Tuesday 26 December 2023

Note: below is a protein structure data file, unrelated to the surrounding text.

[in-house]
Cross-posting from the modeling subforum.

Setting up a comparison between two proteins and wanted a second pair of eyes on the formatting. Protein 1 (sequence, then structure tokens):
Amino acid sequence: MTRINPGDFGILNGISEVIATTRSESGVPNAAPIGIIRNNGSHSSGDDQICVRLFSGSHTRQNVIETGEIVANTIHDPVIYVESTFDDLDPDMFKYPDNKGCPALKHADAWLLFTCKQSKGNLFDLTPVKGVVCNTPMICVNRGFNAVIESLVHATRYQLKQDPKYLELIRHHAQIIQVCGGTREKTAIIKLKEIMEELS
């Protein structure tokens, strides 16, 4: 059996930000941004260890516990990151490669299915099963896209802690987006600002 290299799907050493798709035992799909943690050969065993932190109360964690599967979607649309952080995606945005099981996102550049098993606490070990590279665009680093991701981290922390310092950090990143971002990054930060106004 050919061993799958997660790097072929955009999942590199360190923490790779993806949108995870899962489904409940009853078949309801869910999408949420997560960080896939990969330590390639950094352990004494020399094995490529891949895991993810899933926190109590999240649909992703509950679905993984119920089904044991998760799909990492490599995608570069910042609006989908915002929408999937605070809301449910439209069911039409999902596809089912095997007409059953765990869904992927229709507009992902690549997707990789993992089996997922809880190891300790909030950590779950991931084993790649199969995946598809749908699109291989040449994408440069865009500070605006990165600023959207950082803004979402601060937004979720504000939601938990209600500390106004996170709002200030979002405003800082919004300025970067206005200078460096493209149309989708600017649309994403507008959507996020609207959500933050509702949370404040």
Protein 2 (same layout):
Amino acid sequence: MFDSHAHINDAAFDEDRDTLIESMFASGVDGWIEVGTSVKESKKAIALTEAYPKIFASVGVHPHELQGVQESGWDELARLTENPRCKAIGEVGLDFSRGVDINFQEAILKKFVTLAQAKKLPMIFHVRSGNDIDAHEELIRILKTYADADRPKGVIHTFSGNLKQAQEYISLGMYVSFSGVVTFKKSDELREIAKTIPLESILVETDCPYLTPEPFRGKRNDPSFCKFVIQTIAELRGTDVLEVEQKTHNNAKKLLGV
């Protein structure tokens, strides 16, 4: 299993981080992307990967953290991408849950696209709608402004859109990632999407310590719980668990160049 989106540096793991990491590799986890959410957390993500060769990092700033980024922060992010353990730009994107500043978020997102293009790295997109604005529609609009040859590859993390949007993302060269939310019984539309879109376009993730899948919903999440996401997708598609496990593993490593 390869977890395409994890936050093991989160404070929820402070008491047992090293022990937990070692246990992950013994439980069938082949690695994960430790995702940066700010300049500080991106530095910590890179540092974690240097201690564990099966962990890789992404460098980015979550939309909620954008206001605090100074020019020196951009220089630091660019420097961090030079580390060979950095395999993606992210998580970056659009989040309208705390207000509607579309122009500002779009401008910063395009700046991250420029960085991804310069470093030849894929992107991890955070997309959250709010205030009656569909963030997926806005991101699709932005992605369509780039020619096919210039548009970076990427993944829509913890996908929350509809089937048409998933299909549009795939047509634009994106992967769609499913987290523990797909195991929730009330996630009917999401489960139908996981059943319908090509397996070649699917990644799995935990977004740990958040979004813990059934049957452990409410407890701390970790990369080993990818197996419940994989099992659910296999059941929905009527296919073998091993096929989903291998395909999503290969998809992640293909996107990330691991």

We bought new down pillows about a month ago, after years in a pillow desert, and since then, uniquely I think, I have read all the novels of Elizabeth Strout that I have, which is all she has written bar about two, with my head resting on these soft, minimal yet full, pillows, either before I go to sleep or by way of interlude during the night. She has inhabited her people and I inhabit them in turn, buoyed by the new pillow and the sleep it will surely bring. It is only now I am on the most recent novel Lucy by the Sea, which is very much about the pandemic time, that I'm getting impatient, as I think I did when I first read it: this is too close to what I know, it doesn't matter that it's Maine or New York. In fact, knowing the characters from earlier books adds to the sense of familiarity: these are people I know, neighbours almost, and their story has become too familiar. Yes we were all united by the pandemic but I didn't want to be. I dislike the feeling of being united by anything. I prefer the condition of detachment. This is what I am saying, as Elizabeth Strout would say — she likes these little emphases, this disarming writerly presence which is both insistent and apologetic. Detachment is easier if the stories are of the past, like LP Hartley, whom I also re-read often in large doses, or Elizabeth Taylor, a more recent minor addiction, both of them early to mid-twentieth century. If I want to feel united, it is not with a society, it is with those strange and already themselves detached creatures like Virginia Woolf or Clarice Lispector. With them, not with the society they might depict along the way, I feel at one.

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